Duterte awaits ‘soft land­ing’ on first state visit to Bei­jing

China Daily (USA) - - FRONT PAGE - By ZHANG YUNBI in Bei­jing and CHEN WEI­HUA in Wash­ing­ton

Philip­pines Pres­i­dent Ro­drigo Duterte, who ar­rives in Bei­jing on Tues­day for his first state visit to China, said he agrees with Bei­jing’s call for a peace­ful set­tle­ment of the South China Sea is­sue.

Duterte, who will be in China for four days, ex­pects a “soft land­ing” in the dis­pute.

“I’ll be there to talk about it softly,” Duterte told the China News Ser­vice in an in­ter­view re­leased on Mon­day. “We take away war or vi­o­lence, be­cause that is not a good op­tion.”

Duterte, who took of­fice in July, has been faced with re­pair­ing chilly ties with Bei­jing after the cabi­net of for­mer pres­i­dent Benigno Aquino III uni­lat­er­ally filed a case to an in­ter­na­tional tri­bunal on the South China Sea. China did not rec­og­nize the case and de­clared it in­valid.

For­eign Min­istry spokes­woman Hua Chun­y­ing said on Mon­day that “the door for di­a­logue is al­ways open”, adding that Bei­jing had no­ticed that Duterte re­peat­edly ex­pressed his will­ing­ness to talk.

Pres­i­dent Xi Jin­ping, Premier Li Ke­qiang and top leg­is­la­tor Zhang De­jiang will meet in­di­vid­u­ally with Duterte. Hua said the talks “may cover a wide spec­trum”, and a fruit­ful visit is ex­pected.

Be­fore leav­ing Manila, Duterte high­lighted eco­nomic and trade co­op­er­a­tion. He noted his coun­try’s abun­dance in tourism, min­eral and agri­cul­tural re­sources, and China’s huge, lu­cra­tive mar­ket.

Xu Lip­ing, an ex­pert on South­east Asian stud­ies at the Chi­nese Academy of So­cial Sciences, noted that Duterte has re­peat­edly demon­strated his good­will by avoid­ing in­flam­ma­tory com­ments on ar­bi­tra­tion.

Bei­jing has pledged sup­port for Manila’s pri­or­i­ties, in­clud­ing its anti-drug cam­paign, Xu added.

“The vis­its will bring tan­gi­ble out­comes in two-way ties, which will ben­e­fit both coun­tries, bet­ter sta­bi­lize the South China Sea re­gion and im­prove peo­ple’s eco­nomic cir­cum­stances and trade,” Xu said.

Zhao Jian­hua, Chi­nese am­bas­sador to the Philip­pines, told Philip­pines me­dia on Fri­day that it is hoped that after Duterte’s visit, in­vest­ment from China would rise sig­nif­i­cantly in ar­eas such as in­fra­struc­ture, rail­ways, high­ways, sea­ports and air­ports.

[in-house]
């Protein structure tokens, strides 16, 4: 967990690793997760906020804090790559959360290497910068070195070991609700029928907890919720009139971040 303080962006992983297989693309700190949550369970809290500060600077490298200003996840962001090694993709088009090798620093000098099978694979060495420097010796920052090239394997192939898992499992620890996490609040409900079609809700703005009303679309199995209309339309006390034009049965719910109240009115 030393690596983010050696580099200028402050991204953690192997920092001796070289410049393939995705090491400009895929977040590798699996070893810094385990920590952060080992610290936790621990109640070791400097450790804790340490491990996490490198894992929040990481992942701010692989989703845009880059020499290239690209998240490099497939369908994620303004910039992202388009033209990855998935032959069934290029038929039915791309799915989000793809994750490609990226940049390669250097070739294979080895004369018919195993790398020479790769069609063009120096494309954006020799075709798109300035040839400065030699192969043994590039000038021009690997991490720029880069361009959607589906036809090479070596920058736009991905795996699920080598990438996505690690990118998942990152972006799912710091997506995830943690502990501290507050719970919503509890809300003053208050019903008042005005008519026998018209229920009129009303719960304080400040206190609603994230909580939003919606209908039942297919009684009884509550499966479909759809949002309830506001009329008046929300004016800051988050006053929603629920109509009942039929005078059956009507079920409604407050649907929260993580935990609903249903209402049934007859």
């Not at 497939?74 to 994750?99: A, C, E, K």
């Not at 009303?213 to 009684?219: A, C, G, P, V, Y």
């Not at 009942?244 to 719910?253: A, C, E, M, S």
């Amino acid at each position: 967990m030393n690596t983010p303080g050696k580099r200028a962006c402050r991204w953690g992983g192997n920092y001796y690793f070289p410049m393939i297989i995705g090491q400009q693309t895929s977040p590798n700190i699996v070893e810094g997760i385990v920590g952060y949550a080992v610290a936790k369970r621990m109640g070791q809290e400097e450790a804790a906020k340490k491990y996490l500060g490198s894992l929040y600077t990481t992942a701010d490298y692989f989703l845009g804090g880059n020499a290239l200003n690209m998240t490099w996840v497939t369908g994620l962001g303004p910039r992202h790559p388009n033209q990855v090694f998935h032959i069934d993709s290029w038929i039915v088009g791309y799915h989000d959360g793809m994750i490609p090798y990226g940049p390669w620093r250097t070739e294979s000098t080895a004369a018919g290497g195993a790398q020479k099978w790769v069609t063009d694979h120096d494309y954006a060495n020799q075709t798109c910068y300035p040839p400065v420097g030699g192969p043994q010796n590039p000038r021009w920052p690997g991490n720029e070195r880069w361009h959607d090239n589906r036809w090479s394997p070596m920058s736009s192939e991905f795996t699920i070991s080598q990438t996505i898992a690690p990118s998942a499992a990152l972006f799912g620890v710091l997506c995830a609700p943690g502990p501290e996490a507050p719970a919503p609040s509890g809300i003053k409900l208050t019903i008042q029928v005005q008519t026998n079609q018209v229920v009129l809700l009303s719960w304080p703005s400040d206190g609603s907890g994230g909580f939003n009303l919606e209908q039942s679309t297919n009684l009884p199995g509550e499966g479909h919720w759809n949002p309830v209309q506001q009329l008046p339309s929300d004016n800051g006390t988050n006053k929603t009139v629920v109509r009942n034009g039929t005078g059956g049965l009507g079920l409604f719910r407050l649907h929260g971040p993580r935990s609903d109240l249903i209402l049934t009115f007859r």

Zhao also en­vi­sioned an in­crease in Chi­nese tourists to the Philip­pines, which could bring as much as $1 bil­lion an­nu­ally to the coun­try.

Ted Car­pen­ter, a se­nior fel­low of de­fense and for­eign pol­icy at the Cato In­sti­tute, said Duterte’s ap­par­ent rap­proche­ment with China is likely to have a sig­nif­i­cant im­pact on the South China Sea.

“Wash­ing­ton was count­ing on its al­liance with Manila for the pro­jec­tion of US power into the re­gion. Now, that op­tion is less vi­able.

“We must re­mem­ber, though, that there are other coun­tries with ter­ri­to­rial claims, and they are not go­ing away. Ex­pect Wash­ing­ton to seek closer mil­i­tary ties with them, es­pe­cially Viet­nam,” Car­pen­ter said.

Zhiqun Zhu, an as­so­ciate pro­fes­sor of po­lit­i­cal sci­ence and in­ter­na­tional re­la­tions at Buck­nell Univer­sity, said Duterte’s China visit will be a game-changer in the South China Sea sit­u­a­tion.

“Pres­i­dent Duterte has played down the in­ter­na­tional tri­bunal rul­ing and em­pha­sized the im­por­tance of co­op­er­a­tion. He has also re­versed the overly pro-US pol­icy, cre­at­ing a headache for the US-Philip­pine al­liance,” Zhu said.

He said Duterte con­sid­ers China a more re­li­able and help­ful friend. “So for the time be­ing, the South China Sea will re­turn to nor­mal and calm.”

We take away war or vi­o­lence, be­cause that is not a good op­tion.” Ro­drigo Duterte, Philip­pines pres­i­dent, dis­cussing South China Sea is­sue on state visit to Bei­jing

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